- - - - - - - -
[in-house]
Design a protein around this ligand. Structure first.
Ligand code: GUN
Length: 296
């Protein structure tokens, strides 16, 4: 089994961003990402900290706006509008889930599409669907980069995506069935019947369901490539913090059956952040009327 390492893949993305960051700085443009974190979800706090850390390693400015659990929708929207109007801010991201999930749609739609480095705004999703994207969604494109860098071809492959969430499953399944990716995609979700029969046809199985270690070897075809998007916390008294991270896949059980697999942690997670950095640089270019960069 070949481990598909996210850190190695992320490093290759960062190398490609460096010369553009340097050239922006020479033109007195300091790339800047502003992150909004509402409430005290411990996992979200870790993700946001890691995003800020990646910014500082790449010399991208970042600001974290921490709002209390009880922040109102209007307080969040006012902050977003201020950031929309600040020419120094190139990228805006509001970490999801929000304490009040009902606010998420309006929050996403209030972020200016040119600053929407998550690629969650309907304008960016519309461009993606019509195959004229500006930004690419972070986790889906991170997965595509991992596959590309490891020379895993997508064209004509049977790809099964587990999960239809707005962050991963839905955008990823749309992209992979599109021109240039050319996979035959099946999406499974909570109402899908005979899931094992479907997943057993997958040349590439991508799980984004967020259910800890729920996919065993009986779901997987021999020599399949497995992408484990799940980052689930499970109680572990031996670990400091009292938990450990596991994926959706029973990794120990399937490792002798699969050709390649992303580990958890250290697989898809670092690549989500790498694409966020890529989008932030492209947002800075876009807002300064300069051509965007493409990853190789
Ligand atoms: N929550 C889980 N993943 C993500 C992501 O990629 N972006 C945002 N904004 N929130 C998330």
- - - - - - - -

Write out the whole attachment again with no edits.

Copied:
[in-house]
Design a protein around this ligand. Structure first.
Ligand code: GUN
Length: 296
């Protein structure tokens, strides 16, 4: 089994961003990402900290706006509008889930599409669907980069995506069935019947369901490539913090059956952040009327 390492893949993305960051700085443009974190979800706090850390390693400015659990929708929207109007801010991201999930749609739609480095705004999703994207969604494109860098071809492959969430499953399944990716995609979700029969046809199985270690070897075809998007916390008294991270896949059980697999942690997670950095640089270019960069 070949481990598909996210850190190695992320490093290759960062190398490609460096010369553009340097050239922006020479033109007195300091790339800047502003992150909004509402409430005290411990996992979200870790993700946001890691995003800020990646910014500082790449010399991208970042600001974290921490709002209390009880922040109102209007307080969040006012902050977003201020950031929309600040020419120094190139990228805006509001970490999801929000304490009040009902606010998420309006929050996403209030972020200016040119600053929407998550690629969650309907304008960016519309461009993606019509195959004229500006930004690419972070986790889906991170997965595509991992596959590309490891020379895993997508064209004509049977790809099964587990999960239809707005962050991963839905955008990823749309992209992979599109021109240039050319996979035959099946999406499974909570109402899908005979899931094992479907997943057993997958040349590439991508799980984004967020259910800890729920996919065993009986779901997987021999020599399949497995992408484990799940980052689930499970109680572990031996670990400091009292938990450990596991994926959706029973990794120990399937490792002798699969050709390649992303580990958890250290697989898809670092690549989500790498694409966020890529989008932030492209947002800075876009807002300064300069051509965007493409990853190789
Ligand atoms: N929550 C889980 N993943 C993500 C992501 O990629 N972006 C945002 N904004 N929130 C998330």